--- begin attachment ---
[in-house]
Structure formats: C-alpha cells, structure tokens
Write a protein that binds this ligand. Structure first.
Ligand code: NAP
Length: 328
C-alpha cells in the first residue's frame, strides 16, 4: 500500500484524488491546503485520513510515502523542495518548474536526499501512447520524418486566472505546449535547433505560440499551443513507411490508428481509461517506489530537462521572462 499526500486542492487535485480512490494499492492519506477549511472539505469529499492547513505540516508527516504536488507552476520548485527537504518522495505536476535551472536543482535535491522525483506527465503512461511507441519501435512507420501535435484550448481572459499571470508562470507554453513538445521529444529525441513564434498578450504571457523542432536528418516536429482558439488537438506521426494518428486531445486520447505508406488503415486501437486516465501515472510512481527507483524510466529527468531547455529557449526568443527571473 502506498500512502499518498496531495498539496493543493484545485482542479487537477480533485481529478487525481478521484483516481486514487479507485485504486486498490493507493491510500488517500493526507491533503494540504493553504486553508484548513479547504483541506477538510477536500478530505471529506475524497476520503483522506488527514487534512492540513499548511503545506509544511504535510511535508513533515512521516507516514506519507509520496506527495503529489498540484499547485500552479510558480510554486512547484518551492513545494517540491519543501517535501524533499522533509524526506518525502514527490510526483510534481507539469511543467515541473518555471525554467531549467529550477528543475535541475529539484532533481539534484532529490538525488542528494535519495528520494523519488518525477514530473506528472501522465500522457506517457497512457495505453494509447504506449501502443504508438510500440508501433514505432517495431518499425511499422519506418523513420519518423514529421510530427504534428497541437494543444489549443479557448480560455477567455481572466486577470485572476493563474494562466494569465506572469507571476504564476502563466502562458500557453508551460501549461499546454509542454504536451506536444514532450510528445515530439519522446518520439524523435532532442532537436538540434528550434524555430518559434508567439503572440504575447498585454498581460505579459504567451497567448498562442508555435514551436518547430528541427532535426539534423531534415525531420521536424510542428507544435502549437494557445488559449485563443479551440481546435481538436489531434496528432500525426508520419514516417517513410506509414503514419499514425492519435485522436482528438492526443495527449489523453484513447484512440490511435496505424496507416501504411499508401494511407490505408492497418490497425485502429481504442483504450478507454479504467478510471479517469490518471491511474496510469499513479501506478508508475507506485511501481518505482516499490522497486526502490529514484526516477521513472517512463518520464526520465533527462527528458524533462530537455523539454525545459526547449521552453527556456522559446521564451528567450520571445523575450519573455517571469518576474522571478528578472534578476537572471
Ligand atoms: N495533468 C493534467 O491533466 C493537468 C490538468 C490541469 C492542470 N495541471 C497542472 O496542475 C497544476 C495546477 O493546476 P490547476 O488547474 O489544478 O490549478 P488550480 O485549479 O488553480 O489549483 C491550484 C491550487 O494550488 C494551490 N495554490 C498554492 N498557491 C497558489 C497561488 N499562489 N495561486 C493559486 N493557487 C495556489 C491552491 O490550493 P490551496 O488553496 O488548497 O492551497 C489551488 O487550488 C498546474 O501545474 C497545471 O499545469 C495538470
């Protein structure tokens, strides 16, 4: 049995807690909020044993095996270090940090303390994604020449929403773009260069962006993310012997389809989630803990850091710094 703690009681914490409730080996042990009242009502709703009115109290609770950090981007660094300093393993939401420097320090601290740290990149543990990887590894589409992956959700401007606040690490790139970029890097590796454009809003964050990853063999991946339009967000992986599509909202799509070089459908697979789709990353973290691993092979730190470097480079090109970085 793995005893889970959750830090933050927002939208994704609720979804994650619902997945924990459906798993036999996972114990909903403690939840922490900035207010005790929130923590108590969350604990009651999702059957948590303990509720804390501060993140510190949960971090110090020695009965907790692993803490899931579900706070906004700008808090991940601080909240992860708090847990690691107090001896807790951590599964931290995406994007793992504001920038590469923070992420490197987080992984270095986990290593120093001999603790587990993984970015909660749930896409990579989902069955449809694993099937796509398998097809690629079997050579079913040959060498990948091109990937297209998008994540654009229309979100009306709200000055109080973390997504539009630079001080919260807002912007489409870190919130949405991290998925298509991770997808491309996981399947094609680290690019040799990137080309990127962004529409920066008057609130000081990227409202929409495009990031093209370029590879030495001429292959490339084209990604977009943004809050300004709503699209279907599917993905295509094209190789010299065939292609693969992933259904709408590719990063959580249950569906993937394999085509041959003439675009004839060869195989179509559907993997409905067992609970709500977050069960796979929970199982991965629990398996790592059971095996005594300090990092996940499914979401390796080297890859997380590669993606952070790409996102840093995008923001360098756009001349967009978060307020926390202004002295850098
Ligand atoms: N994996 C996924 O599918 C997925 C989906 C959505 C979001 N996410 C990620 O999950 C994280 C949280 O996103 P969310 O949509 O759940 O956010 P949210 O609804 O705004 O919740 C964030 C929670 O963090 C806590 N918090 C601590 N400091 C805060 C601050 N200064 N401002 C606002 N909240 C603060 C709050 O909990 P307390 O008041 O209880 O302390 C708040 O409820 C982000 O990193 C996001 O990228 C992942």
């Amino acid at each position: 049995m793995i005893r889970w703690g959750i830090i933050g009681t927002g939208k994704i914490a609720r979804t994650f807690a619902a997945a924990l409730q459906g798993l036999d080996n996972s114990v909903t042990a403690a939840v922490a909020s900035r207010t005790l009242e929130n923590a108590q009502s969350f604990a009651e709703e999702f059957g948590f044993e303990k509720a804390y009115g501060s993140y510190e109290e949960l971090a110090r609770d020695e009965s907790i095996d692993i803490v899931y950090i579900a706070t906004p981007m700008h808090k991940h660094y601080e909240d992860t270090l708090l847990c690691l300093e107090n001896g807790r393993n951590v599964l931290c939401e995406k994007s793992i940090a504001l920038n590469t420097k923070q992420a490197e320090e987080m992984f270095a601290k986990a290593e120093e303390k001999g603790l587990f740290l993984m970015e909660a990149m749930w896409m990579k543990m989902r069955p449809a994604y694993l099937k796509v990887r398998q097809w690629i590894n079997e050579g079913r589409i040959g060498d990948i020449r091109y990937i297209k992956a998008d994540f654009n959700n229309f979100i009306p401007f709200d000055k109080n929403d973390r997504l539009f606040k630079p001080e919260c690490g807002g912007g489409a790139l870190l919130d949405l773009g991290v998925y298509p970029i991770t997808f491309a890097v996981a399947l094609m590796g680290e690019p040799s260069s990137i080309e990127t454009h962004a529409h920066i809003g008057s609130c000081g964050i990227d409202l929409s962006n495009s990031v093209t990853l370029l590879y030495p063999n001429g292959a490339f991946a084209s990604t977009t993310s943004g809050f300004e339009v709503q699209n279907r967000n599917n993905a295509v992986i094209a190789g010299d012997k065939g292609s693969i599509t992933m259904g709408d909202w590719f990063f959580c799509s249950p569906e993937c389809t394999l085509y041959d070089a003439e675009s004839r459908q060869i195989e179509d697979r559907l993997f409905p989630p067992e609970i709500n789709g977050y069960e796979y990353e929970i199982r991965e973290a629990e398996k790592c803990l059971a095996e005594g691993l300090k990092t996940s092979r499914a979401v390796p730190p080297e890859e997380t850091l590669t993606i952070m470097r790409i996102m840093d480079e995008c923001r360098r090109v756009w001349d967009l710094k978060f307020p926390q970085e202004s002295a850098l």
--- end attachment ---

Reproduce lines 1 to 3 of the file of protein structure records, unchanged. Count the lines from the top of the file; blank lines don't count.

[in-house]
Structure formats: C-alpha cells, structure tokens
Write a protein that binds this ligand. Structure first.